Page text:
I shouldn’t have been surprised when I arrived at Sibley that the parking lot was empty. It was pouring this morning. The wonder poodle refused to leave the car, using all 40 pounds of his poodle might to brace himself against my tugs. His little furry brain was not going into that rain; it was wet out there. I spent a couple of minutes explaining to him that he would have fun romping in the rain, but his English is not very good and I did not seem to convince him. Eventually, he relented, got out of the car and walked alongside me, tail down occasionally looking at me as though he was wondering what he had done to deserve this punishment.
I had decided to take the dog for a hike in Sibley based on the following reasons:
- It was Monday morning and I always take the dog for a hike on Monday morning.
- I was awake and ready to go.
- It was past sunrise. (Due to the rain and cloud cover, the sky was darkish, but it was past daybreak.)
I knew it was raining, but I figured that the dog would have a good time anyway. I did not check the radar. I had already made the decision based on reasons listed above. I did not need to bring the National Oceanic and Atmospheric Administration into the discussion. As I drove to the park, I realized that I had, yet again, made a bad decision. It was pouring, not raining slightly, but pouring. My windshield wipers were going at full speed.
I had brought a rain jacket, not my good one, not one that worked well. I brought the other one, the one that leaves my arms and neck wet and cold. I wouldn’t want to wear out the good one by using it to stay dry. I rarely wear my good rain jacket. It has become my litmus test for riding my bike in the rain. If it is raining hard enough or going to rain long enough that I think that I need my $250 rain jacket, I stay at home. Best 250 dollars that I have ever spent. I should have also brought my rain pants today. I also bought my rain pants for biking. I have never worn them on a bike. See discussion about $250 rain jacket above. I have, however, decided that rain pants are great on dog hikes done in the pouring rain.
The rain stopped as I returned to the parking lot after the hike. As I drove home, I could see that the clouds had broken and the sun was beaming down on Oakland. I like that view. I was still in the clouds, but I could see the city below, shining in the sun. Everything looked clean and bright. I was in full sunshine by the time I got home and, as I type this from inside my apartment, the sun shines brightly through my window. If I had simply delayed my hike by an hour, the dog and I would have enjoyed a happier and drier walk and the dog might have seen some other fellow furry dog friends.
I had a nice hike today, despite the rain. The rain gives an eerie quietness to the place. The rain itself is loud, but it drowns out all other noises and it seems quiet. I liked the muted colors of the hills caused by the dimmed lighting with the sun blocked by the clouds. The dog eventually did cheer up and ran around merrily, randomly digging frantically at imaginary critters.
This hiking incident reminds me of a discussion that Michael, Alexis, and I had this past weekend. Michael, upon looking back at the major decision points in his life, has decided that he made the wrong decisions at each of those points. I pointed out that he seemed to have been happy for much of his married life, until the divorce, and perhaps that decision was not a mistake. He conceded that that decision was probably the right decision, but he was not quite happy with anything else. Alexis thought that she had made the correct decision at each of those points in her life.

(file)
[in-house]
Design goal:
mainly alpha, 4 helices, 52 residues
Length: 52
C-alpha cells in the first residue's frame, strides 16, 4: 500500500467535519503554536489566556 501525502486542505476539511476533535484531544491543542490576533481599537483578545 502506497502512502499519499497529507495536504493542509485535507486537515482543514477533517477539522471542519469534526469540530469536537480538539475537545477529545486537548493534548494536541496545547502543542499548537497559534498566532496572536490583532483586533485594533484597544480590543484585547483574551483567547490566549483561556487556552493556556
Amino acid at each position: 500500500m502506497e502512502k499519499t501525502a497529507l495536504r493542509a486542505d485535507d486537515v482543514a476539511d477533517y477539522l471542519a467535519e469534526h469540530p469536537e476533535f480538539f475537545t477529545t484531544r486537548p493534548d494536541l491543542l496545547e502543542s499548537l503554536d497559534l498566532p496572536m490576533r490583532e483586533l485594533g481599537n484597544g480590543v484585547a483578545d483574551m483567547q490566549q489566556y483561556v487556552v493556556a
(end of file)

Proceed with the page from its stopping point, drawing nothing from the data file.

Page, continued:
I bike. I bike a lot. It is what I do. I spend a huge amount of time and money doing it. Cycling has turned out to be my main focus of my life. How did that happen? It is a tad dangerous, it takes up much of my time, and it does not pay at all well. Why did I decide to spend my life doing this activity? I do not really know. I feel like it is just what happened, which is of course a ridiculous response. I did not just buy all those bikes and spend all my free time on a bike by accident. It did not just happen. Why do I do it and why did I start? Starting biking could be considered a major decision, being the activity that has most transformed my life, but I certainly never sat down and made that decision. I started cycling, because we moved further away from Jason’s work. He was no longer able to walk to work, so he started cycling. He saw the Oakland Yellow Jackets one day and decided to try riding with them. I was somewhat jealous of the women with whom he was riding and decided that I would start riding, too, and then I was hooked. Would I be happier doing something else? I am not sure. I like biking a lot. Could I be more productive and a better contributor to society doing something else? Most certainly.
(Jill Horner had an interesting blog post recently discussing why people chose the sports they chose. She encouraged people to consider why they did what they did and to also consider other activities.)
Many of my decisions are made in the cycling manner. I was not really aware that I was making a decision. I just went along. Many of my decisions are also made in the hiking manner. I decided what I wanted to do and ignored the obvious drawbacks and the obviously better choices. I do what I want, either ignoring the better options or rationalizing that what I am doing is actually a good idea.
I did not add anything to the discussion with Michael and Alexis regarding important decisions, but I think as Michael does. Most of my important decisions, if not outright mistakes, were not the correct or best decisions. If I were to do it all over again, I would do everything differently, except for the getting married. I would still marry Jason.